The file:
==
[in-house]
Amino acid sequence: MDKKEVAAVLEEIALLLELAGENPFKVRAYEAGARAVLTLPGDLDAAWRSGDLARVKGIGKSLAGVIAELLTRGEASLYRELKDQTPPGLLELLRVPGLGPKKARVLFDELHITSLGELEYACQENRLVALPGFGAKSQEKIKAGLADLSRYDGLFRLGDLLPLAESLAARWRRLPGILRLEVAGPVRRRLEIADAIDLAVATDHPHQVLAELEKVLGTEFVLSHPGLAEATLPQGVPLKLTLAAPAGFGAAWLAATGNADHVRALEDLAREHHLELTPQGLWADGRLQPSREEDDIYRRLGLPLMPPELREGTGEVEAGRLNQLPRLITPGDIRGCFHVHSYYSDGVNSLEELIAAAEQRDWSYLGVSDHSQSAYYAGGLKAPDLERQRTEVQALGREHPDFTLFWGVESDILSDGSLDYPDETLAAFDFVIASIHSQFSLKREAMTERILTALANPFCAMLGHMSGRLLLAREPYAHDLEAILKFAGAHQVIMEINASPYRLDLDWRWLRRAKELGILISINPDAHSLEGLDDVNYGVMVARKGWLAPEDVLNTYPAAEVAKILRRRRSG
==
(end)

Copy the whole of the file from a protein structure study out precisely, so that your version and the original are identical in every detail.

[in-house]
Amino acid sequence: MDKKEVAAVLEEIALLLELAGENPFKVRAYEAGARAVLTLPGDLDAAWRSGDLARVKGIGKSLAGVIAELLTRGEASLYRELKDQTPPGLLELLRVPGLGPKKARVLFDELHITSLGELEYACQENRLVALPGFGAKSQEKIKAGLADLSRYDGLFRLGDLLPLAESLAARWRRLPGILRLEVAGPVRRRLEIADAIDLAVATDHPHQVLAELEKVLGTEFVLSHPGLAEATLPQGVPLKLTLAAPAGFGAAWLAATGNADHVRALEDLAREHHLELTPQGLWADGRLQPSREEDDIYRRLGLPLMPPELREGTGEVEAGRLNQLPRLITPGDIRGCFHVHSYYSDGVNSLEELIAAAEQRDWSYLGVSDHSQSAYYAGGLKAPDLERQRTEVQALGREHPDFTLFWGVESDILSDGSLDYPDETLAAFDFVIASIHSQFSLKREAMTERILTALANPFCAMLGHMSGRLLLAREPYAHDLEAILKFAGAHQVIMEINASPYRLDLDWRWLRRAKELGILISINPDAHSLEGLDDVNYGVMVARKGWLAPEDVLNTYPAAEVAKILRRRRSG